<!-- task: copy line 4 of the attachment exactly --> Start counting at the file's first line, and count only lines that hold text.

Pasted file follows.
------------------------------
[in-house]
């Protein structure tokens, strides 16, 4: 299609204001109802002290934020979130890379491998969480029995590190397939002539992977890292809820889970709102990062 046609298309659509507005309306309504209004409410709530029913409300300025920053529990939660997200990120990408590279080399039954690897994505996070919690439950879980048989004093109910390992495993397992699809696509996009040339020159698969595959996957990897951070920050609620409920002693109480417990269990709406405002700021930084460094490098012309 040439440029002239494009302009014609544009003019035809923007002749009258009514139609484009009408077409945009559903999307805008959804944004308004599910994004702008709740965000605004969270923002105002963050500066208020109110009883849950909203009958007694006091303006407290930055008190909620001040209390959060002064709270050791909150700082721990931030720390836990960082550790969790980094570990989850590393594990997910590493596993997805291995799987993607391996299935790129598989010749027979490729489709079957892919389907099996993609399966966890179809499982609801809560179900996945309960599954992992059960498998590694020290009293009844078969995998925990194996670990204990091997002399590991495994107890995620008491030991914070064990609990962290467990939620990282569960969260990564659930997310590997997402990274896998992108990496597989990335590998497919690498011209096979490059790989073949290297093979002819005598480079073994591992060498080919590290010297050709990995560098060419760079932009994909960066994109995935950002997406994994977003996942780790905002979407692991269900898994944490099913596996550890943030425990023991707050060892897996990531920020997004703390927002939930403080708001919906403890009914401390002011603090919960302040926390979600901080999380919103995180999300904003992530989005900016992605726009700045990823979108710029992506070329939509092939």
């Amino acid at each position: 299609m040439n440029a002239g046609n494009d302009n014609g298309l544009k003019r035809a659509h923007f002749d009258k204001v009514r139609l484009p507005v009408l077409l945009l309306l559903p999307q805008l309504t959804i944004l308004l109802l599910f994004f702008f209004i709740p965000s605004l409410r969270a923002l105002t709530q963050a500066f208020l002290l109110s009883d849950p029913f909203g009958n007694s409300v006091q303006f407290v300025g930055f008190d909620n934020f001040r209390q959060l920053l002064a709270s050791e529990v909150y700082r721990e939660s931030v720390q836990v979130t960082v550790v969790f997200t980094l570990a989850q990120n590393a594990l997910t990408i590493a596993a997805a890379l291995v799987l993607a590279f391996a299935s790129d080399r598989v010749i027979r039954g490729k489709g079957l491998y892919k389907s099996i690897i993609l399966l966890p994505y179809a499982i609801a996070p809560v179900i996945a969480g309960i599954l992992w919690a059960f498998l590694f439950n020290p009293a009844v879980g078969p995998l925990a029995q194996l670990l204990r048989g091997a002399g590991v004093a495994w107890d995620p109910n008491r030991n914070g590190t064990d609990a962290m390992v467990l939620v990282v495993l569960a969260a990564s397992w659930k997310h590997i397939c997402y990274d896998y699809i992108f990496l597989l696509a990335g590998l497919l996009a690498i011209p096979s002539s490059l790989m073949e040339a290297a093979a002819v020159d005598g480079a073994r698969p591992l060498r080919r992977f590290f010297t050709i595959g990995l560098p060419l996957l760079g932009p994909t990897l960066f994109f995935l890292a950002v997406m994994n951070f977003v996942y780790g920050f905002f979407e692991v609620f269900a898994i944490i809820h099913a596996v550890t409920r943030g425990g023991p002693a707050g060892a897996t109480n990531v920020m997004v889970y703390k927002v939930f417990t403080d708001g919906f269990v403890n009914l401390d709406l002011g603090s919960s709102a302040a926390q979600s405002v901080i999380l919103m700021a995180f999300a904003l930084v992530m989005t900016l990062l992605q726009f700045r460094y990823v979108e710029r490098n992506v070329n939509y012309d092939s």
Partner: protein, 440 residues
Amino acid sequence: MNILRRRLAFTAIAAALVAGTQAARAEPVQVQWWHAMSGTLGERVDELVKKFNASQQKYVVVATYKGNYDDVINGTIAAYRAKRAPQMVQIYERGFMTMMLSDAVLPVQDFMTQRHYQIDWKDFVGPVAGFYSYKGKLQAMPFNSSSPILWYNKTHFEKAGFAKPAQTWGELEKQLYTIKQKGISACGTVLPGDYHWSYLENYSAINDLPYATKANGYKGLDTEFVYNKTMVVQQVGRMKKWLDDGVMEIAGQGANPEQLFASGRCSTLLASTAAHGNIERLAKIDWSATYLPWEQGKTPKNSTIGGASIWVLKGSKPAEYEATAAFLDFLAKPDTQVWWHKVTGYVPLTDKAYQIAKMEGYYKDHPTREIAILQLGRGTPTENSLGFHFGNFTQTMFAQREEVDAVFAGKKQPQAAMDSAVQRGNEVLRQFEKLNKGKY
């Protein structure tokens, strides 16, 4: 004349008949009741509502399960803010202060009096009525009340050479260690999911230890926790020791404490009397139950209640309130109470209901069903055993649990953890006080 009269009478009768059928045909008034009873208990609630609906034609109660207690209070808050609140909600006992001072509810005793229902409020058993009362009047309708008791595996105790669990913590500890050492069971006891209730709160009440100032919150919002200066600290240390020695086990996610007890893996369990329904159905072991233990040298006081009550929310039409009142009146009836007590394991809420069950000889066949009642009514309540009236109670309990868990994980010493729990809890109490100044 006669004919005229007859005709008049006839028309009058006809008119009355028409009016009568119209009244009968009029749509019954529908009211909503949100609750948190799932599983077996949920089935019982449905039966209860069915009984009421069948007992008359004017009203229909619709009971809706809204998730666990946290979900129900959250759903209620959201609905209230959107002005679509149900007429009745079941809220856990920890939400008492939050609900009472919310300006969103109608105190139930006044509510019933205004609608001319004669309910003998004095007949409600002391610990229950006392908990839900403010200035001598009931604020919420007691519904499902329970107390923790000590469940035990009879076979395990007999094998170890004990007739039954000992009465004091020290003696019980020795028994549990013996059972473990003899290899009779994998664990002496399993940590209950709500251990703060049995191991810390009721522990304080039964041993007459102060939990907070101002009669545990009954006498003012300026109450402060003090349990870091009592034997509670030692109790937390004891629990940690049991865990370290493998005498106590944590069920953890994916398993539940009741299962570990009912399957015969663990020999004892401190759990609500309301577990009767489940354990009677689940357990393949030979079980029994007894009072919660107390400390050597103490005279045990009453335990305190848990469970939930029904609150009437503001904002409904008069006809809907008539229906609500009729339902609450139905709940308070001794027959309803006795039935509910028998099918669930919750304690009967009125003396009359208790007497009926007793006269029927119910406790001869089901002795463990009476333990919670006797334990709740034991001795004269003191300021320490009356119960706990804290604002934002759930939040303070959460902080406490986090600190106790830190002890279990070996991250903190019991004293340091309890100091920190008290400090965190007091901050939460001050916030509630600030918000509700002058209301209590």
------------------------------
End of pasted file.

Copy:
Partner: protein, 440 residues